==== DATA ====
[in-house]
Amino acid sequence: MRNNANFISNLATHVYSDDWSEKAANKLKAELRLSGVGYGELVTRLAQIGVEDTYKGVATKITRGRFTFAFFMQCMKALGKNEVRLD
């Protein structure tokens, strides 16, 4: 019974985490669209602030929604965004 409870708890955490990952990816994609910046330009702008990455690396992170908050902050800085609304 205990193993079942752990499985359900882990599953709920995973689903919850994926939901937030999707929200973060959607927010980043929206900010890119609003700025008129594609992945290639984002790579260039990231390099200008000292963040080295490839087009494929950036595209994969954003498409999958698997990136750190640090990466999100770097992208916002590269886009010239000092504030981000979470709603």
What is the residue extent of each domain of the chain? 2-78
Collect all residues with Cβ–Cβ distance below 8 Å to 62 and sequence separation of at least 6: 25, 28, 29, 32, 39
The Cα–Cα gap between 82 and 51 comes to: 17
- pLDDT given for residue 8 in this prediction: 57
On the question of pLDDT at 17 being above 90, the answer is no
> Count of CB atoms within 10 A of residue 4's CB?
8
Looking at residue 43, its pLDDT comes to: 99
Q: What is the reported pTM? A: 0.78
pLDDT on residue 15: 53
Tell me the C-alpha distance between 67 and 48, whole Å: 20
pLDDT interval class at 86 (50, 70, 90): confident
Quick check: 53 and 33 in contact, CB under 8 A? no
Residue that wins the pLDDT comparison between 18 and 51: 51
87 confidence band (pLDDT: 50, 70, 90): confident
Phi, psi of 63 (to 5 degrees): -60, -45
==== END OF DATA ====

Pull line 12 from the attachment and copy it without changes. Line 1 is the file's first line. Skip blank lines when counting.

Q: What is the reported pTM? A: 0.78